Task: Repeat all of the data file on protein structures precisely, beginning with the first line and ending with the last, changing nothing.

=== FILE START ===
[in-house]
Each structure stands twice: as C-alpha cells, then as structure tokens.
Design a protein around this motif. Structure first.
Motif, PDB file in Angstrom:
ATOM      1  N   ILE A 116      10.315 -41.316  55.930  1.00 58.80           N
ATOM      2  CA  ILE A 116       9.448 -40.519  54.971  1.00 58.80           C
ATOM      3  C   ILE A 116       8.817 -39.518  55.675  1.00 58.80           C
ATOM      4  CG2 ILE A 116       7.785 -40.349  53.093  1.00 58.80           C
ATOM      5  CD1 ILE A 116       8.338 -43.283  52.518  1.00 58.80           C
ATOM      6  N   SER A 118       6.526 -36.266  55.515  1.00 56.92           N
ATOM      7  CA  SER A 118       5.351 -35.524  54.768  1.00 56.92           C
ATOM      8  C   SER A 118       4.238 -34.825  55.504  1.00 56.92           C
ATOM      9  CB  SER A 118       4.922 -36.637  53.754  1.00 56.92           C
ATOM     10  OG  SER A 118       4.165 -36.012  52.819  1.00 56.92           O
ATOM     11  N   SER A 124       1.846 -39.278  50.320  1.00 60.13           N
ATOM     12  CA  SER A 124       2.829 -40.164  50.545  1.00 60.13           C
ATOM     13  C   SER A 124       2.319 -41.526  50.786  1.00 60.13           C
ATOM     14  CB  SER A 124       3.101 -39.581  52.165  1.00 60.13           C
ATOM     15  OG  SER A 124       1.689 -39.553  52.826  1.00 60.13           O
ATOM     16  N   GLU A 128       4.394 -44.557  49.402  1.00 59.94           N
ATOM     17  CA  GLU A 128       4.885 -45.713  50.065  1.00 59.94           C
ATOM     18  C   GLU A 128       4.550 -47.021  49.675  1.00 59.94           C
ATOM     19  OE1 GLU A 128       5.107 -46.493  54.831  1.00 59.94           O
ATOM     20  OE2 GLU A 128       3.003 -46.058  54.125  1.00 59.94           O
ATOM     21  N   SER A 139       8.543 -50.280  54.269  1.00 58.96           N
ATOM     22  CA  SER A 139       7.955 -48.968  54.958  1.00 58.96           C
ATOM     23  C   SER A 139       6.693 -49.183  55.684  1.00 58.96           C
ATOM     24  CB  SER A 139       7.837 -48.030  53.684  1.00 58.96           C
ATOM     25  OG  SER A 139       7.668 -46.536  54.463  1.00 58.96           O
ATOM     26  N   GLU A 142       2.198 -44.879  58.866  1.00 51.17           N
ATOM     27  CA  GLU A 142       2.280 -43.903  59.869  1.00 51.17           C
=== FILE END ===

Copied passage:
[in-house]
Each structure stands twice: as C-alpha cells, then as structure tokens.
Design a protein around this motif. Structure first.
Motif, PDB file in Angstrom:
ATOM      1  N   ILE A 116      10.315 -41.316  55.930  1.00 58.80           N
ATOM      2  CA  ILE A 116       9.448 -40.519  54.971  1.00 58.80           C
ATOM      3  C   ILE A 116       8.817 -39.518  55.675  1.00 58.80           C
ATOM      4  CG2 ILE A 116       7.785 -40.349  53.093  1.00 58.80           C
ATOM      5  CD1 ILE A 116       8.338 -43.283  52.518  1.00 58.80           C
ATOM      6  N   SER A 118       6.526 -36.266  55.515  1.00 56.92           N
ATOM      7  CA  SER A 118       5.351 -35.524  54.768  1.00 56.92           C
ATOM      8  C   SER A 118       4.238 -34.825  55.504  1.00 56.92           C
ATOM      9  CB  SER A 118       4.922 -36.637  53.754  1.00 56.92           C
ATOM     10  OG  SER A 118       4.165 -36.012  52.819  1.00 56.92           O
ATOM     11  N   SER A 124       1.846 -39.278  50.320  1.00 60.13           N
ATOM     12  CA  SER A 124       2.829 -40.164  50.545  1.00 60.13           C
ATOM     13  C   SER A 124       2.319 -41.526  50.786  1.00 60.13           C
ATOM     14  CB  SER A 124       3.101 -39.581  52.165  1.00 60.13           C
ATOM     15  OG  SER A 124       1.689 -39.553  52.826  1.00 60.13           O
ATOM     16  N   GLU A 128       4.394 -44.557  49.402  1.00 59.94           N
ATOM     17  CA  GLU A 128       4.885 -45.713  50.065  1.00 59.94           C
ATOM     18  C   GLU A 128       4.550 -47.021  49.675  1.00 59.94           C
ATOM     19  OE1 GLU A 128       5.107 -46.493  54.831  1.00 59.94           O
ATOM     20  OE2 GLU A 128       3.003 -46.058  54.125  1.00 59.94           O
ATOM     21  N   SER A 139       8.543 -50.280  54.269  1.00 58.96           N
ATOM     22  CA  SER A 139       7.955 -48.968  54.958  1.00 58.96           C
ATOM     23  C   SER A 139       6.693 -49.183  55.684  1.00 58.96           C
ATOM     24  CB  SER A 139       7.837 -48.030  53.684  1.00 58.96           C
ATOM     25  OG  SER A 139       7.668 -46.536  54.463  1.00 58.96           O
ATOM     26  N   GLU A 142       2.198 -44.879  58.866  1.00 51.17           N
ATOM     27  CA  GLU A 142       2.280 -43.903  59.869  1.00 51.17           C